'Rubaiyat' rose References
Article (newspaper) (Mar 2011) Page(s) 2. Includes photo(s).
Patricia Routley: In 1946 there was relief and hope for a future again and in Ireland Mr. Sam McGredy the 3rd released his new hybrid tea rose Rubaiyat. How he managed to build up enough stock for a new rose release at that time is beyond me, but life was returning to normal and people were eager to have beauty and fragrance again. I have been lucky enough to find four separate plants of ‘Rubaiyat’ and it was well known in Western Australia. My first plant came from Sheila Gravett at Mooney’s Bridge, south of Manjimup in 2001. It was her rose No. 78 and that dear lady had a painted wooden name-post in front of her rose ‘Rubaiyat’. I planted my cutting grown plant in a good position, but unfortunately it used to get appalling rust and when I could later see it was the same as the rose in the next paragraph, I took it out and threw it away. I would certainly not do that sort of thing these days, but instead move it to a more congenial spot. My second plant came from Elsie Roberts in Bridgetown in 2003. (Elsie died on April 4, 2010, less than two months before her 100th birthday). It had been Elsie’s father’s (Humphrey Gifford) rose and she had propagated and loved it too. She no longer recalled the name but because of the saucer-size of the blooms, she called it “my cabbage”. Later I was able to look at Humphrey’s garden diary to find he had planted ‘Rubaiyat’ in July, 1951. Because of this, and my first rose from Sheila, mentioned above, I have no doubt at all that this rose is ‘Rubaiyat’. The third plant came from an old house, now no longer there, on the corner of Bath & Ipsen streets, Manjimup in 2004. I have many roses from that site that I struck from cuttings before they all went to the big garden bed in the sky. This particular rose completed completely disappeared in about 2008, possibly being dug up and hopefully replanted somewhere. Gardens only last as long as their owners I am afraid. 'Rubayiat' is also at David Martin’s garden (Rose No. 37) at 44 Somerville St., Manjimup and was planted by his mother in 1959 or 1960.
What a rose! Most people loved it because of its extremely strong fragrance. The clear cerise-pink or rosy-red flowers with the reverse a lighter shade, are large and a little loose, forming an open cup of 25 petals. It grew to massive bushes in W.A. - two and three metres high. Mine are about 2m on their own roots. In Brisbane in 1962 a nurseryman wrote “Terrific growth. Birds build nests in it”. The rose was named after Omar Khayyam’s poetic work The Rubaiyat....... The moving finger writes; and, having writ, Moves on; nor all thy piety nor wit Shall lure it back to cancel half a line, Nor all thy tears wash out a word of it.
Book (2006) Page(s) 222.
‘Rubaiyat’. HT. Good reliable rebloom. Outstanding fragrance. 4[habit of growth] . McGredy, 1946. [Provenance: Edmunds]
Deep rose red, spiralled blooms with a pale rose reverse; intensely scented of Damask and spice, flowers opening broad and large with a ruby glow.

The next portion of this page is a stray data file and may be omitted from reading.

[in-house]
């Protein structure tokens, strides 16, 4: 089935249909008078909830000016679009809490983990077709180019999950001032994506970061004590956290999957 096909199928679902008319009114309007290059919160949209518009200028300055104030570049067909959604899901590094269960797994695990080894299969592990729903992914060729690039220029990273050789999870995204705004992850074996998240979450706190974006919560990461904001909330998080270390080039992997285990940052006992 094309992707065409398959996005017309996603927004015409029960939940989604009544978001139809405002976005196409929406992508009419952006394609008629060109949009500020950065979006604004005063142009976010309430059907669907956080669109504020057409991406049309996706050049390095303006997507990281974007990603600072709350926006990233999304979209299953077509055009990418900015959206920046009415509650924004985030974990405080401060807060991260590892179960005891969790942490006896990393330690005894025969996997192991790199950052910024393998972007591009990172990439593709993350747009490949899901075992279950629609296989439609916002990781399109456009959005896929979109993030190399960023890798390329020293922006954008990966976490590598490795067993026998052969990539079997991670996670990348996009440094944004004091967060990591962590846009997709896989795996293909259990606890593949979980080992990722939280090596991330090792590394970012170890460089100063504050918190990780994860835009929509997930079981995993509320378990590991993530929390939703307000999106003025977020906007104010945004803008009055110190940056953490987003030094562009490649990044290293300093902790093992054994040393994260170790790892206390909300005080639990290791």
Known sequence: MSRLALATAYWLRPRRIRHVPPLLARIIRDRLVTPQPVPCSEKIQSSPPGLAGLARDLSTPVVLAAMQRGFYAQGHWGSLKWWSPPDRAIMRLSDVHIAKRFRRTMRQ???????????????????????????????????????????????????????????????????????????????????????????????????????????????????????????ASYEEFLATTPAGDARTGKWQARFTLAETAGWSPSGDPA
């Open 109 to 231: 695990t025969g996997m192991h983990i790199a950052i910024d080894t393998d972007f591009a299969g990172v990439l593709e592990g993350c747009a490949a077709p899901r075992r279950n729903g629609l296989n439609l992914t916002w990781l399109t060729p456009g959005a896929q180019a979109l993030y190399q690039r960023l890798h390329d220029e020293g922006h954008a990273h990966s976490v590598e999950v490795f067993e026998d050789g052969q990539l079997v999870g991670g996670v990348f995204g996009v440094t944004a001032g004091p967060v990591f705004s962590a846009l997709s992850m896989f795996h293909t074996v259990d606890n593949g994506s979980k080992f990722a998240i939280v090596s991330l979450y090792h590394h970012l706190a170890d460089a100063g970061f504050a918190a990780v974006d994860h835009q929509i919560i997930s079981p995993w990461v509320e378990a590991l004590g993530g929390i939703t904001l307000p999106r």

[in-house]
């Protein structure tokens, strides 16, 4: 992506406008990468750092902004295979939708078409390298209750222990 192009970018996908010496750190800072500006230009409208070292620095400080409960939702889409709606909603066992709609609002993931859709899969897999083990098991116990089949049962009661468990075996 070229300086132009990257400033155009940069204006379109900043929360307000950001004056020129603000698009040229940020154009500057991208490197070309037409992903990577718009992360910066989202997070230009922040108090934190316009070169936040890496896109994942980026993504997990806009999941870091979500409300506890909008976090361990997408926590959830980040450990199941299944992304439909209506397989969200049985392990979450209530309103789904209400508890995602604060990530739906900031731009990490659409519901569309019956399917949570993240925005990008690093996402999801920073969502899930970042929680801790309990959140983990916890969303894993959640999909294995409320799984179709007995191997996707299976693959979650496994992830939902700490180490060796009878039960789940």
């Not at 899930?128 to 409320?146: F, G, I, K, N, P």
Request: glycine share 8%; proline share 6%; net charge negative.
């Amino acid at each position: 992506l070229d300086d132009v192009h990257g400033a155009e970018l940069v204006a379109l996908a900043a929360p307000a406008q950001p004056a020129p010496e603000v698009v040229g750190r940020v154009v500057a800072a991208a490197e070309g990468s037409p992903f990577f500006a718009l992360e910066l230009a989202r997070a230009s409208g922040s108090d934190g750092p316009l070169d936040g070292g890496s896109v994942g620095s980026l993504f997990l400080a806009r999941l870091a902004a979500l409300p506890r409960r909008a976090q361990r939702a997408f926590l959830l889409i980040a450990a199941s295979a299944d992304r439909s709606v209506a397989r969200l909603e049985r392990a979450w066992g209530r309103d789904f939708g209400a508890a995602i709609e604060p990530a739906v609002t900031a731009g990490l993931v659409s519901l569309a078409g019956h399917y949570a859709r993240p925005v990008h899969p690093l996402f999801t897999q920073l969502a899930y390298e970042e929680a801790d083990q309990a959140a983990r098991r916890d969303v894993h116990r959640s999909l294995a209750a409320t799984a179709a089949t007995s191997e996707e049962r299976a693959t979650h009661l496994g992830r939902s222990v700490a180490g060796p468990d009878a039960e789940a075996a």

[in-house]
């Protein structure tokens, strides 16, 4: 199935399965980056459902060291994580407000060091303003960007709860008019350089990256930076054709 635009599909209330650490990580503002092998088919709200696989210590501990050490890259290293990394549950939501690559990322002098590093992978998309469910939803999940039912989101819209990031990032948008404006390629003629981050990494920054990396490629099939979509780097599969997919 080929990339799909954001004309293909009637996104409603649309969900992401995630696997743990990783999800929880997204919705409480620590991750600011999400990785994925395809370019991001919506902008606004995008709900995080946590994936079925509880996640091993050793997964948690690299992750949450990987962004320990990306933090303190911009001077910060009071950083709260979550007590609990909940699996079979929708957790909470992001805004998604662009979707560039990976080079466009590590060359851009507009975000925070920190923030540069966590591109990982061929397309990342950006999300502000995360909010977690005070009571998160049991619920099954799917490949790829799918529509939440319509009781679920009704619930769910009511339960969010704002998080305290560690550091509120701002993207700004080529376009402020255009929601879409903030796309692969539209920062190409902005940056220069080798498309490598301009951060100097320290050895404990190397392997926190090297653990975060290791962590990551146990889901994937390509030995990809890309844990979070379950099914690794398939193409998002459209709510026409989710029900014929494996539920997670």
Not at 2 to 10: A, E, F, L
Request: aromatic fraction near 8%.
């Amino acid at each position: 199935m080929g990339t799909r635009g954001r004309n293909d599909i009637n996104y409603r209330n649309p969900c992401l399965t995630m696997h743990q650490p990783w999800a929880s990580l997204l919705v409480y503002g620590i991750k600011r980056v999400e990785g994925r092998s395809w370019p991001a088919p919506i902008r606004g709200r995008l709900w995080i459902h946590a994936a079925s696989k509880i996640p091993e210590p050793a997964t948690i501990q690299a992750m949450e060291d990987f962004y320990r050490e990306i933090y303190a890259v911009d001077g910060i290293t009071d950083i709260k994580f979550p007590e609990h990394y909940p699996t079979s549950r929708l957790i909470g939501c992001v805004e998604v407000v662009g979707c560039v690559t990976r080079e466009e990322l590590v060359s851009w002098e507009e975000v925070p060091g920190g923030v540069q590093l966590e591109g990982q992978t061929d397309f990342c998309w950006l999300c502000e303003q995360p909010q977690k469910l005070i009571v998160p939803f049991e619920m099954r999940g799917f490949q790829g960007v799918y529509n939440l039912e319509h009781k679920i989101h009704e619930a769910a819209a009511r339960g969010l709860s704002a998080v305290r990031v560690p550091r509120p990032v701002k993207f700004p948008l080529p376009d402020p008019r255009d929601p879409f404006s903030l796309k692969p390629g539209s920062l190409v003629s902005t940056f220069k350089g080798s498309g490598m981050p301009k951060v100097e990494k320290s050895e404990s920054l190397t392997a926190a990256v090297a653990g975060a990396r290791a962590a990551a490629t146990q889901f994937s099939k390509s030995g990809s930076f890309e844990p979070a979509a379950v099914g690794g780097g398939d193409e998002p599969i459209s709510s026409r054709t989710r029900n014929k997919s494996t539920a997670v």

Website/Catalog (2003) Page(s) 25.
‘Rubaiyat’. Hybrid Tea. Dark pink. McGredy, 1946.
Book (Dec 1998) Page(s) 526.
Rubaiyat Hybrid Tea. McGredy 1946. Description... large, high-centered, double flowers that are rose red with lighter undersides...
Book (Apr 1993) Page(s) 525.
Rubaiyat Hybrid Tea, rose-red, reverse lighter, 1946, ('McGredy's Scarlet' x 'Mrs. Sam McGredy') x (Seedling x 'Sir Basil McFarland'); McGredy. Description.
Book (1993) Page(s) 356. Includes photo(s).
Book (1991) Page(s) 29.
David Ruston. It was then on to …. Peppermint Grove [W.A.] to the small garden of roses at the Bowling Club. I was pleased to see such old warriors as ‘Rubaiyat’ – huge bushes three metres high.
Book (Aug 1990) Page(s) 94. Includes photo(s).
Rubaiyat Hybrid Tea. Description... large, deep pink flowers with high centers... lighter pink on the reverse...
p56-6 Dr. Merlin L. Cooper. Ohio. Blind Wood, Its Causes. Some varieties, such as ‘Rubaiyat’ have never developed blind canes in my garden.
p56-10 ibid. Is an inherent or genetic cause of blind wood indicated by the apparent insusceptibility of ‘Rubaiyat’, the marked susceptiblity of ‘Chrysler Imperial’ or …..
Book (1978) Page(s) 58.
Arbel M. Aldous. The Rose and Omar Khayyam.
.,...The rose 'Rubaiyat' is described in Modern Roses thus: 'Rubaiyat'. Hybrid tea (McGredy, int. J. & P., 46) ('McGredy's Scarlet' x 'Mrs. Sam McGredy' x (seedling x 'Sir Basil Macfarland'). Bud long pointed; large (4 1/2 - 5 in.), dbl. (25 petals), high centred, very fragrant, rosy-red, reverse lighter; Fol. dark, leathery. Very vig., upright; abundant bloom. Quite hardy, Portland Gold Medal '45.
I bought it from Cants and used it often at the National Rose Show but it did not survive the move to Oxford in 1957. Now no one seems to list it. why? I wrote to Sam McGredy in New Zealand and he replied that 'Rubaiyat' was raised by McGredy but, having no demand at first, it was sold to Jackson and Perkins. Then they bought it back in 1946 but it was not a success because, like most reds, it did not do well in our climate. He said that it is still fairly widely grown in the USA